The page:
Chicken cull continues as ‘thorough’ probe into source of bird flu outbreak on farm continues

Inspectors are continuing their investigations into the source of bird flu infection in a broiler fa

Inspectors are continuing their investigations into the source of bird flu infection in a broiler farm in Mid Suffolk Picture: PRESS ASSOCIATION - Credit: PA

Investigations are continuing into the source of an outbreak of bird flu on a commercial chicken farm in Mid Suffolk where thousands of birds are being culled.

After visits to all poultry premises in the area - where no further signs of the contagion were found - inspectors are continuing to probe the cause of a "low pathogenic" strain of avian influenza - or bird flu - at Homefield Farm in Athelington, near Eye, which was discovered on Tuesday, December 10.

The culling and disposal of around 28,000 broiler chickens - which are bred for meat rather than egg production - is "progressing well" and expected to be completed shortly, a Department for Environment, Food and Rural Affairs (DEFRA) spokeswoman said.

MORE - Bird flu outbreak is a 'wake-up call' for poultry farmersMeanwhile, a 1km restriction zone remains in place around the affected farm to limit the risk of the disease spreading.

A ban on movement of poultry remains in place on the farms within the zone, with no birds allowed to leave the premises without a licence.

But the spokewoman added: "Visits have taken place to all poultry premises in the area and we have not identified any reasons to suspect bird flu at any of these premises.

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"A thorough investigation is in progress to determine the most likely source of this outbreak and any risk of onward spread.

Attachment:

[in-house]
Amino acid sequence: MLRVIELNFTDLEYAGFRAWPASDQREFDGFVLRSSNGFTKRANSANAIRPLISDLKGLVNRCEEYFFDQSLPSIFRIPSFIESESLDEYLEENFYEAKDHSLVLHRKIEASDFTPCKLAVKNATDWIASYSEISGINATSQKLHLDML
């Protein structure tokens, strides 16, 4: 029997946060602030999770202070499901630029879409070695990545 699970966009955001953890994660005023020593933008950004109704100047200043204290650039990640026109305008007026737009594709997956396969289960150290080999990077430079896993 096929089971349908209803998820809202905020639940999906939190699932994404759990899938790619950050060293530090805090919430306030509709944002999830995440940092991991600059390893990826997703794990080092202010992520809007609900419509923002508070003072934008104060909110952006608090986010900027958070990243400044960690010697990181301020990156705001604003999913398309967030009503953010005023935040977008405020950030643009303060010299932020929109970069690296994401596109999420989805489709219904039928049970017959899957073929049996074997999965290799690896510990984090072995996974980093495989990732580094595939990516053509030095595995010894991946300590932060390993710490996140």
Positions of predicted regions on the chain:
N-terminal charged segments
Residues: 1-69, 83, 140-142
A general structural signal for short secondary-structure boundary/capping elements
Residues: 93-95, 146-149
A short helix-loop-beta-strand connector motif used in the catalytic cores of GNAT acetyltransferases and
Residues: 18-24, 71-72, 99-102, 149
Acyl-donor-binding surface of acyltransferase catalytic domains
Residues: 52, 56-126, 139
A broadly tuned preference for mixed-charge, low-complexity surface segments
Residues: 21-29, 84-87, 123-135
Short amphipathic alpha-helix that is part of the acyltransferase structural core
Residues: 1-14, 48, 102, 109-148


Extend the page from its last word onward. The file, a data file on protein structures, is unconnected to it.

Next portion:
"Culling and disposal is progressing well and we expect to complete this shortly."

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After the cull is completed, Animal and Plant Health Agency (APHA) staff are set to carry out initial cleansing and disinfection of the premises.

This means the restriction zone will remain in place for at least 21 days following the initial disinfection at the infected premises, and while APHA officials complete their surveillance to ensure there are no signs of bird flu in the zone.

"Farms with good biosecurity are at a low risk of incursion of bird flu. We advise everyone with poultry to check our most recent biosecurity advice available on," she said.

"Bird keepers should remain alert for any signs of disease, report suspected disease immediately and ensure they are maintaining good bio-security on their premises."

? Bird flu is a notifiable animal disease. If type of bird flu is suspected in poultry, keepers must report it immediately by calling the Defra Rural Services Helpline on 03000 200 301.

? If the public find dead wild waterfowl (swans, geese or ducks) or other dead wild birds such as gulls or birds of prey, they should report them to the DEFRA helpline on 03459 33 55 77.

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